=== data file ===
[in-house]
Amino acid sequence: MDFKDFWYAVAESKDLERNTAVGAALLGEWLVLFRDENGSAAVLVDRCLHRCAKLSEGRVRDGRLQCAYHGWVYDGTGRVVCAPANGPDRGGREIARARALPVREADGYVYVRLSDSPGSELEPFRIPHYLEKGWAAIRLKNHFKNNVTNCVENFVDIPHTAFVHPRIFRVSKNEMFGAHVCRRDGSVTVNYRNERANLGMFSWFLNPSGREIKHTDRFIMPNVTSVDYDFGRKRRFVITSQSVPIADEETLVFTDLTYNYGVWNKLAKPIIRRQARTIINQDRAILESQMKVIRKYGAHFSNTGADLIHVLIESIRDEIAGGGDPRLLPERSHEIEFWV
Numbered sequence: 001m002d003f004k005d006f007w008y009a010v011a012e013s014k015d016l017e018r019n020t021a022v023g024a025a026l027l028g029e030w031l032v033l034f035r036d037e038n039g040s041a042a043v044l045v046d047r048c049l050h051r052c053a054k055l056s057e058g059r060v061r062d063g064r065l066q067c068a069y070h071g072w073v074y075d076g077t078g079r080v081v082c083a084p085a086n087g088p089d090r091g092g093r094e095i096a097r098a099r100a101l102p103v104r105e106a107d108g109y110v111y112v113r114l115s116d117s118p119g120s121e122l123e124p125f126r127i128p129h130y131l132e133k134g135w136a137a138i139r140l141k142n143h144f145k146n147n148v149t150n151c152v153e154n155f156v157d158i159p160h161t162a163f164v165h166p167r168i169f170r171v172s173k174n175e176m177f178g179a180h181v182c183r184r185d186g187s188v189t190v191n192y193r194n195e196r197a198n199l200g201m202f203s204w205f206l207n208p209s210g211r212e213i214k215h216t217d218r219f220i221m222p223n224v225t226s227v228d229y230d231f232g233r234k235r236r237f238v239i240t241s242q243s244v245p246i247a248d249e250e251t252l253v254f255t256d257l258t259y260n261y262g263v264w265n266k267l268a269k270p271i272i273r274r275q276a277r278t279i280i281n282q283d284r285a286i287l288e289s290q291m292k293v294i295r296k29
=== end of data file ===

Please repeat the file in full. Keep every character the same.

[in-house]
Amino acid sequence: MDFKDFWYAVAESKDLERNTAVGAALLGEWLVLFRDENGSAAVLVDRCLHRCAKLSEGRVRDGRLQCAYHGWVYDGTGRVVCAPANGPDRGGREIARARALPVREADGYVYVRLSDSPGSELEPFRIPHYLEKGWAAIRLKNHFKNNVTNCVENFVDIPHTAFVHPRIFRVSKNEMFGAHVCRRDGSVTVNYRNERANLGMFSWFLNPSGREIKHTDRFIMPNVTSVDYDFGRKRRFVITSQSVPIADEETLVFTDLTYNYGVWNKLAKPIIRRQARTIINQDRAILESQMKVIRKYGAHFSNTGADLIHVLIESIRDEIAGGGDPRLLPERSHEIEFWV
Numbered sequence: 001m002d003f004k005d006f007w008y009a010v011a012e013s014k015d016l017e018r019n020t021a022v023g024a025a026l027l028g029e030w031l032v033l034f035r036d037e038n039g040s041a042a043v044l045v046d047r048c049l050h051r052c053a054k055l056s057e058g059r060v061r062d063g064r065l066q067c068a069y070h071g072w073v074y075d076g077t078g079r080v081v082c083a084p085a086n087g088p089d090r091g092g093r094e095i096a097r098a099r100a101l102p103v104r105e106a107d108g109y110v111y112v113r114l115s116d117s118p119g120s121e122l123e124p125f126r127i128p129h130y131l132e133k134g135w136a137a138i139r140l141k142n143h144f145k146n147n148v149t150n151c152v153e154n155f156v157d158i159p160h161t162a163f164v165h166p167r168i169f170r171v172s173k174n175e176m177f178g179a180h181v182c183r184r185d186g187s188v189t190v191n192y193r194n195e196r197a198n199l200g201m202f203s204w205f206l207n208p209s210g211r212e213i214k215h216t217d218r219f220i221m222p223n224v225t226s227v228d229y230d231f232g233r234k235r236r237f238v239i240t241s242q243s244v245p246i247a248d249e250e251t252l253v254f255t256d257l258t259y260n261y262g263v264w265n266k267l268a269k270p271i272i273r274r275q276a277r278t279i280i281n282q283d284r285a286i287l288e289s290q291m292k293v294i295r296k29